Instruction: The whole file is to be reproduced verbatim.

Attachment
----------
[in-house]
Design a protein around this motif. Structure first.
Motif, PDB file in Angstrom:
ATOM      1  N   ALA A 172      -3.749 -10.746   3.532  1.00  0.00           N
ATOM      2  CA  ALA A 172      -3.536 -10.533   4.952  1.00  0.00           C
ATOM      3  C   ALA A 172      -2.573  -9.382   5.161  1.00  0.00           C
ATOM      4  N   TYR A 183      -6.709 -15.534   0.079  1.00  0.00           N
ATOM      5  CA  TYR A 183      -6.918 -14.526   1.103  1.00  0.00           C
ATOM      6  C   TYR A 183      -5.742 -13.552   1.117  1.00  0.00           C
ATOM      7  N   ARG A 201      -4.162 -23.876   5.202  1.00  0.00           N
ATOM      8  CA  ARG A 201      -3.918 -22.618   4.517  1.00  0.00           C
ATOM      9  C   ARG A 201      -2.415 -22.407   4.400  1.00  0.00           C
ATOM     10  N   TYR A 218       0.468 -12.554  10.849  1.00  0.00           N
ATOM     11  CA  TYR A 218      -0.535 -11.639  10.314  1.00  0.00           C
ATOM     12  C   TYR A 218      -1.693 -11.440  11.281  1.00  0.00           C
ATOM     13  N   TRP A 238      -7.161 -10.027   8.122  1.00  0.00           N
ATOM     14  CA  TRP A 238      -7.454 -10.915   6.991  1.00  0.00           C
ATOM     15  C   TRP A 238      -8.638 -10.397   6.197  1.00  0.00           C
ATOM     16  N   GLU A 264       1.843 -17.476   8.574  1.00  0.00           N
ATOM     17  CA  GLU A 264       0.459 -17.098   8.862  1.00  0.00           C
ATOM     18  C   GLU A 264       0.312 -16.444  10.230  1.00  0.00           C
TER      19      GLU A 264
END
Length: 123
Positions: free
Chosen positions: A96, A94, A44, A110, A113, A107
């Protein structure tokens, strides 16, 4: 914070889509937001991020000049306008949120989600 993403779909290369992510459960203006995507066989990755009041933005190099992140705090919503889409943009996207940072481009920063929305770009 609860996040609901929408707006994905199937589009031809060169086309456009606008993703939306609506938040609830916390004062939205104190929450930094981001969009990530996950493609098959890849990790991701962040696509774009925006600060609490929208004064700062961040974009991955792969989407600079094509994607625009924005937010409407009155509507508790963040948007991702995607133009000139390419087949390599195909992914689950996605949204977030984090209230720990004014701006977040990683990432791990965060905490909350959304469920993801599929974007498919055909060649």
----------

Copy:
[in-house]
Design a protein around this motif. Structure first.
Motif, PDB file in Angstrom:
ATOM      1  N   ALA A 172      -3.749 -10.746   3.532  1.00  0.00           N
ATOM      2  CA  ALA A 172      -3.536 -10.533   4.952  1.00  0.00           C
ATOM      3  C   ALA A 172      -2.573  -9.382   5.161  1.00  0.00           C
ATOM      4  N   TYR A 183      -6.709 -15.534   0.079  1.00  0.00           N
ATOM      5  CA  TYR A 183      -6.918 -14.526   1.103  1.00  0.00           C
ATOM      6  C   TYR A 183      -5.742 -13.552   1.117  1.00  0.00           C
ATOM      7  N   ARG A 201      -4.162 -23.876   5.202  1.00  0.00           N
ATOM      8  CA  ARG A 201      -3.918 -22.618   4.517  1.00  0.00           C
ATOM      9  C   ARG A 201      -2.415 -22.407   4.400  1.00  0.00           C
ATOM     10  N   TYR A 218       0.468 -12.554  10.849  1.00  0.00           N
ATOM     11  CA  TYR A 218      -0.535 -11.639  10.314  1.00  0.00           C
ATOM     12  C   TYR A 218      -1.693 -11.440  11.281  1.00  0.00           C
ATOM     13  N   TRP A 238      -7.161 -10.027   8.122  1.00  0.00           N
ATOM     14  CA  TRP A 238      -7.454 -10.915   6.991  1.00  0.00           C
ATOM     15  C   TRP A 238      -8.638 -10.397   6.197  1.00  0.00           C
ATOM     16  N   GLU A 264       1.843 -17.476   8.574  1.00  0.00           N
ATOM     17  CA  GLU A 264       0.459 -17.098   8.862  1.00  0.00           C
ATOM     18  C   GLU A 264       0.312 -16.444  10.230  1.00  0.00           C
TER      19      GLU A 264
END
Length: 123
Positions: free
Chosen positions: A96, A94, A44, A110, A113, A107
């Protein structure tokens, strides 16, 4: 914070889509937001991020000049306008949120989600 993403779909290369992510459960203006995507066989990755009041933005190099992140705090919503889409943009996207940072481009920063929305770009 609860996040609901929408707006994905199937589009031809060169086309456009606008993703939306609506938040609830916390004062939205104190929450930094981001969009990530996950493609098959890849990790991701962040696509774009925006600060609490929208004064700062961040974009991955792969989407600079094509994607625009924005937010409407009155509507508790963040948007991702995607133009000139390419087949390599195909992914689950996605949204977030984090209230720990004014701006977040990683990432791990965060905490909350959304469920993801599929974007498919055909060649």